On sunday, I dragged myself to the LotRO kin raid to Barad Guldur where we actually made progress in our fight against the Lieutenant of Dol Guldur. It’s been a while since I honestly thought we’d made any good progress, and more importantly I didn’t wipe the group once, so I have a little more faith in my ability to pay attention, even when I hate a fight. So that was my Good Luck in gaming. I know it sounds self-deprecating, but the fight is so annoying on a micro-management level, and includes (for me), healing, running around to try and hit a fell beast but moving out of range of its tail and mouth, watching for fear on others, watching for yellow and/or purple eyes on me and reacting accordingly – and all later in the evening than I would like, concentration-wise. So while I’m glad the group, as a whole, made progress, I’m more happy that I managed to hold my attention the entire however-many-attempts we had. I think, now, that we will be able to down him. But I still have no love lost to Barad Guldur and will be glad when we can go to Helegrod again!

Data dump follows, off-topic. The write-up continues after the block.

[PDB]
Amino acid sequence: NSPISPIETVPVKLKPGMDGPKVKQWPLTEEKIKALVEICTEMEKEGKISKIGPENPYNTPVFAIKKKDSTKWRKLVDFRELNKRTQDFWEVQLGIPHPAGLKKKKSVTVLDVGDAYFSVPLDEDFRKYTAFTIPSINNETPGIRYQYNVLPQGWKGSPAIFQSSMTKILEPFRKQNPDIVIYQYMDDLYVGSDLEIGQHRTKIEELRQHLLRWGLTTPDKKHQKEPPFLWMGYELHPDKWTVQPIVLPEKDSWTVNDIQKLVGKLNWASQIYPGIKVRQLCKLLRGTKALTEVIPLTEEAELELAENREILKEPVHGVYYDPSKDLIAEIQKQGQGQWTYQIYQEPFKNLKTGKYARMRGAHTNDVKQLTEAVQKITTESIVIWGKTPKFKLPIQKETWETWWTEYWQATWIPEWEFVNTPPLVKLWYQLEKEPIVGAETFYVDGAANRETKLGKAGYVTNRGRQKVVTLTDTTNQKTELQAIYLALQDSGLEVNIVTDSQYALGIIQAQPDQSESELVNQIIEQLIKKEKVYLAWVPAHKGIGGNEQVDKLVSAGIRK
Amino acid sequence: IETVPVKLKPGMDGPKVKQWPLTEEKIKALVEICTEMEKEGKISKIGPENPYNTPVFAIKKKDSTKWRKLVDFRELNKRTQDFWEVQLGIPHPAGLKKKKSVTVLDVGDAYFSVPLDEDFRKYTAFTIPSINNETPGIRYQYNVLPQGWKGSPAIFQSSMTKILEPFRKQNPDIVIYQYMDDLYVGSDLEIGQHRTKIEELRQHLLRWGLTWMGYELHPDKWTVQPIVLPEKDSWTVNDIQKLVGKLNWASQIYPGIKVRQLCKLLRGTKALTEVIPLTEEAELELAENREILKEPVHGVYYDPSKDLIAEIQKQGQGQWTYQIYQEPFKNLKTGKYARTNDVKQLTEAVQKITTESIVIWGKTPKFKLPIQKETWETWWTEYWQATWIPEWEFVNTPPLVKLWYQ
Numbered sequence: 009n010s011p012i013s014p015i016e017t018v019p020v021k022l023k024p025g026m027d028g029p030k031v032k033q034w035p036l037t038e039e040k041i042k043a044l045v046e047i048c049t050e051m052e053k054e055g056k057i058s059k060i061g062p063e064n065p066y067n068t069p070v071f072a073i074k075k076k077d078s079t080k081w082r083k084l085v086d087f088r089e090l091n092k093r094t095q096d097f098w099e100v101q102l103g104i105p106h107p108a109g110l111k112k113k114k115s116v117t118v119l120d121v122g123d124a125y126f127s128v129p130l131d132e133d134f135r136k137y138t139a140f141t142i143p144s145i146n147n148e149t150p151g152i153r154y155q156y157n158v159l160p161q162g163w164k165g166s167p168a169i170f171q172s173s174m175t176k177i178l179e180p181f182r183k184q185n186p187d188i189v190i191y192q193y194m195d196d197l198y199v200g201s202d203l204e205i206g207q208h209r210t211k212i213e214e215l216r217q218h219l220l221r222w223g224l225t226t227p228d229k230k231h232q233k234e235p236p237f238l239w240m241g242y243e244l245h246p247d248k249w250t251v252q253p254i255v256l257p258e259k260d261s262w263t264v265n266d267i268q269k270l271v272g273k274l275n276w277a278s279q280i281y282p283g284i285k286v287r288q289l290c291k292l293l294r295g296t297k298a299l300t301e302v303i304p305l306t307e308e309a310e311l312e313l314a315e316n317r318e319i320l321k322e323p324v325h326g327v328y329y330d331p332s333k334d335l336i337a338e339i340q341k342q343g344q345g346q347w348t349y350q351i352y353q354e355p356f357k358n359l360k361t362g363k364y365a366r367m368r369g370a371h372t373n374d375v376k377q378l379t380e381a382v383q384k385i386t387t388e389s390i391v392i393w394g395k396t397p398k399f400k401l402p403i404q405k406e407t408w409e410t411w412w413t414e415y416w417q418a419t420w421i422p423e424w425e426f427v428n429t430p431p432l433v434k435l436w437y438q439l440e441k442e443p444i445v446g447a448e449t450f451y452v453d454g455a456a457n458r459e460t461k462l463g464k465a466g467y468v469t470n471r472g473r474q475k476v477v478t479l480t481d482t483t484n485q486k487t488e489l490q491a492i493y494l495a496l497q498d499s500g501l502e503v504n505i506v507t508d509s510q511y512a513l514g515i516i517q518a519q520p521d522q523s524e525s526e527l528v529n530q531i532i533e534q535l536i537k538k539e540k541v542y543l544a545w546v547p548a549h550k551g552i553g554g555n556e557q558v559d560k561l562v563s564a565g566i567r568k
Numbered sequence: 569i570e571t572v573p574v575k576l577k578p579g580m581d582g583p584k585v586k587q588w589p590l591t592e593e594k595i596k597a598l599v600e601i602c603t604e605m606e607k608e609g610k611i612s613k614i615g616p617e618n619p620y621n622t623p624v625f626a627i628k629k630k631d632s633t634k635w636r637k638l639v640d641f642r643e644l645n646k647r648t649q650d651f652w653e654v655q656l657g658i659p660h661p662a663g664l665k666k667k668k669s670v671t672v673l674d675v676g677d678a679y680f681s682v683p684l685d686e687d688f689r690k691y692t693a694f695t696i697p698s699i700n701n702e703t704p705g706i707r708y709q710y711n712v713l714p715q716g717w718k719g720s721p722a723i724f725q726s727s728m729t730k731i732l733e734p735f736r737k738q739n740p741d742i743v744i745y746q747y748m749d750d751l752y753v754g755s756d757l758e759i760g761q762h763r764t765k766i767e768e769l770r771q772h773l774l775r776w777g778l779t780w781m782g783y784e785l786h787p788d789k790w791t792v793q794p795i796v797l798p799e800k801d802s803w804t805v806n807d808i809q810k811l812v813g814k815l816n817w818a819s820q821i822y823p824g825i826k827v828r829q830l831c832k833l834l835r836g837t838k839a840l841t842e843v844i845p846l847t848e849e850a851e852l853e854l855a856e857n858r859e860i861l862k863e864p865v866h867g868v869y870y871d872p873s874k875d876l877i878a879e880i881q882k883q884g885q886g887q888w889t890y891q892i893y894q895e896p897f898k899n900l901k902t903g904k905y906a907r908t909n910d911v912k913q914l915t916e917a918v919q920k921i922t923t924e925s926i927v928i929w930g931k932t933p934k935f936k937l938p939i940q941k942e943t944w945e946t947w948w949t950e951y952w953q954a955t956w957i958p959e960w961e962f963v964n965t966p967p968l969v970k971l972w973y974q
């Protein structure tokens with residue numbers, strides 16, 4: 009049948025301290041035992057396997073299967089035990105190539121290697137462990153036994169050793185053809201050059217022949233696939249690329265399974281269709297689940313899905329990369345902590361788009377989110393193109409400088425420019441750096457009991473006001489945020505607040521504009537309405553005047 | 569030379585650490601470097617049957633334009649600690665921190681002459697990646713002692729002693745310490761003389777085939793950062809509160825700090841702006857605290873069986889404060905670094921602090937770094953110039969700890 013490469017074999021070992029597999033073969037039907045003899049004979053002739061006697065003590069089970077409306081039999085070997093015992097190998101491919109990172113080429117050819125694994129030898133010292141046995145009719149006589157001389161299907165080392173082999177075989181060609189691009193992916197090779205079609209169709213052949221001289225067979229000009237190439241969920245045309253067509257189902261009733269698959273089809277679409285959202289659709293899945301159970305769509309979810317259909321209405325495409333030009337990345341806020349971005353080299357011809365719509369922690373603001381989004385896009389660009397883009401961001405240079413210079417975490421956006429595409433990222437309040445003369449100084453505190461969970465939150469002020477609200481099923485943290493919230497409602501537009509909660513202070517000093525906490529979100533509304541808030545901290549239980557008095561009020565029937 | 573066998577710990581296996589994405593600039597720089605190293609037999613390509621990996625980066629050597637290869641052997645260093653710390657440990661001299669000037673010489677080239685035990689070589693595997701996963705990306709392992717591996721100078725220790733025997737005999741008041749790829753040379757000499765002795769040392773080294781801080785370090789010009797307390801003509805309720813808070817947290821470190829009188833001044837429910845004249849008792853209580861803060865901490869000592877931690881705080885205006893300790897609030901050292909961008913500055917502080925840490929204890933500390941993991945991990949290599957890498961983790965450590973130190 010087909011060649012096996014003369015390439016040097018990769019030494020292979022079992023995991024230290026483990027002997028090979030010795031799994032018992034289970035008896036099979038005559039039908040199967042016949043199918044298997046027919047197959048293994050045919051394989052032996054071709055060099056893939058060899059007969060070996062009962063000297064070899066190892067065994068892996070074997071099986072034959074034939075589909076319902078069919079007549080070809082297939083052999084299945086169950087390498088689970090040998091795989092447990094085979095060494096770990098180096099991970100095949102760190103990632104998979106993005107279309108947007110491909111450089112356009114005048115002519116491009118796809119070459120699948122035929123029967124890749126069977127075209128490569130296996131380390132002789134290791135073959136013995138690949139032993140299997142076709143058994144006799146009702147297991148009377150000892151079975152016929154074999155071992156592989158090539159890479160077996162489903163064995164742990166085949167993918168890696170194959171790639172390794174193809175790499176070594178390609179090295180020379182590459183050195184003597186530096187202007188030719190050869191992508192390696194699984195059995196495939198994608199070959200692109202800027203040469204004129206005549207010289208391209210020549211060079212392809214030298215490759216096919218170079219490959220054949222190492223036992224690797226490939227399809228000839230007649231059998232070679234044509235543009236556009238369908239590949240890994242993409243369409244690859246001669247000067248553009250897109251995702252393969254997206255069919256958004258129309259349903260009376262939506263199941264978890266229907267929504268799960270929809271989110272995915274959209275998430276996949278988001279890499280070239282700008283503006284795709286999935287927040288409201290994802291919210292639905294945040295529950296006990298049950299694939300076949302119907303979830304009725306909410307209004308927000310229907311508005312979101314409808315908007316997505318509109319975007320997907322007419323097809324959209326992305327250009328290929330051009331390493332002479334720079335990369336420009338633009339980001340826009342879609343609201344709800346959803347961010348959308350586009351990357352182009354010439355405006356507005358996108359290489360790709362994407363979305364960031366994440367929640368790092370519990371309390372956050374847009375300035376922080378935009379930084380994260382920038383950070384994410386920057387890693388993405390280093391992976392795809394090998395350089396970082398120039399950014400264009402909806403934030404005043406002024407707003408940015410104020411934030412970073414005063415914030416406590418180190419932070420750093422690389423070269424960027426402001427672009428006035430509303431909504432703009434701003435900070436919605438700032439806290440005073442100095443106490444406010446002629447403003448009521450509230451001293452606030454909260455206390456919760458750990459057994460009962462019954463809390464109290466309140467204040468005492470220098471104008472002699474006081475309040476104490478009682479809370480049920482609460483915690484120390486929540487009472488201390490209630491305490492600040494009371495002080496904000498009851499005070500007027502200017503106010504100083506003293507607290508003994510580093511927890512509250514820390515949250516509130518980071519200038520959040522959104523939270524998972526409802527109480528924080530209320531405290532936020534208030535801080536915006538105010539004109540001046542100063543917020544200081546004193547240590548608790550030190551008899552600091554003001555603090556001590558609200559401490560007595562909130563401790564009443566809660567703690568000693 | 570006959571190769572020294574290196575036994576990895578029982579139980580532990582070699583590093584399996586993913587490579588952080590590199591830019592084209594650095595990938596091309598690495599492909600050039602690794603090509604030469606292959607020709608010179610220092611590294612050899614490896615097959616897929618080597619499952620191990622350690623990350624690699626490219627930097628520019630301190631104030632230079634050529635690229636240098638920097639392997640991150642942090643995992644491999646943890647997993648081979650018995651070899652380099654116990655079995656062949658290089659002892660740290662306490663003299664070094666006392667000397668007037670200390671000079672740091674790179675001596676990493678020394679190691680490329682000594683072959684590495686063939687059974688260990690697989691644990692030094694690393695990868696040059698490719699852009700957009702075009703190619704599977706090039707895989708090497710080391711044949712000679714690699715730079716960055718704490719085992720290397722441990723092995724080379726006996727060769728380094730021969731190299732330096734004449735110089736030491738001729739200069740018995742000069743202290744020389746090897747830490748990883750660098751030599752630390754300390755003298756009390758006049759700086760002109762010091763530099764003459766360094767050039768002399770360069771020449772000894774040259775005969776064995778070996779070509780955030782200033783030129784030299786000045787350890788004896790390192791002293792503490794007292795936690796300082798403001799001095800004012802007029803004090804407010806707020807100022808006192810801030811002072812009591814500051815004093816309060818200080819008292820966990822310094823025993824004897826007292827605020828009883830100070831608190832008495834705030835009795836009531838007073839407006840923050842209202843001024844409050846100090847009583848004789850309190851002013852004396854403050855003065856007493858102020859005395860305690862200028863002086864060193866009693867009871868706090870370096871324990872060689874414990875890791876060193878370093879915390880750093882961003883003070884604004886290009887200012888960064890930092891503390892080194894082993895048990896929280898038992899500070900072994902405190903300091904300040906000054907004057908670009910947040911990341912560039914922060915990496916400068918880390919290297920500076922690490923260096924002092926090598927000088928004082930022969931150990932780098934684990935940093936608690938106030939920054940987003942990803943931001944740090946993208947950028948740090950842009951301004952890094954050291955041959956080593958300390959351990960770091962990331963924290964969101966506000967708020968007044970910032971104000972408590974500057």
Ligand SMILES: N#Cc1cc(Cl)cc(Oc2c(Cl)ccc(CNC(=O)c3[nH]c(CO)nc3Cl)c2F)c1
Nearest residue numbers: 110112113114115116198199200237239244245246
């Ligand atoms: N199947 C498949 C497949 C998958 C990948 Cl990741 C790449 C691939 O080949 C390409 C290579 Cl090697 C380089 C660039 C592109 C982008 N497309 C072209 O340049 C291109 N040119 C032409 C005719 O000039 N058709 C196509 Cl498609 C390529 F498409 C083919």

(and in secondary good news, I get to play Deathspank for the PC roday after pre-ordering my first ever game on Steam!)

[Dragon Age] Season of the Witch (Hunt)

For any fans of Dragon Age Origins who have been living in a bubble, today marks the latest (maybe the last) DLC release for the game. It’s called Witch Hunt, is set a year or so after the end of DAO and … you’ll get to find out what happened to Morrigan. Not only that, but one of the three companions is the Dog. (Or /A/ dog, if your warden didn’t survive or you want to play a different character.)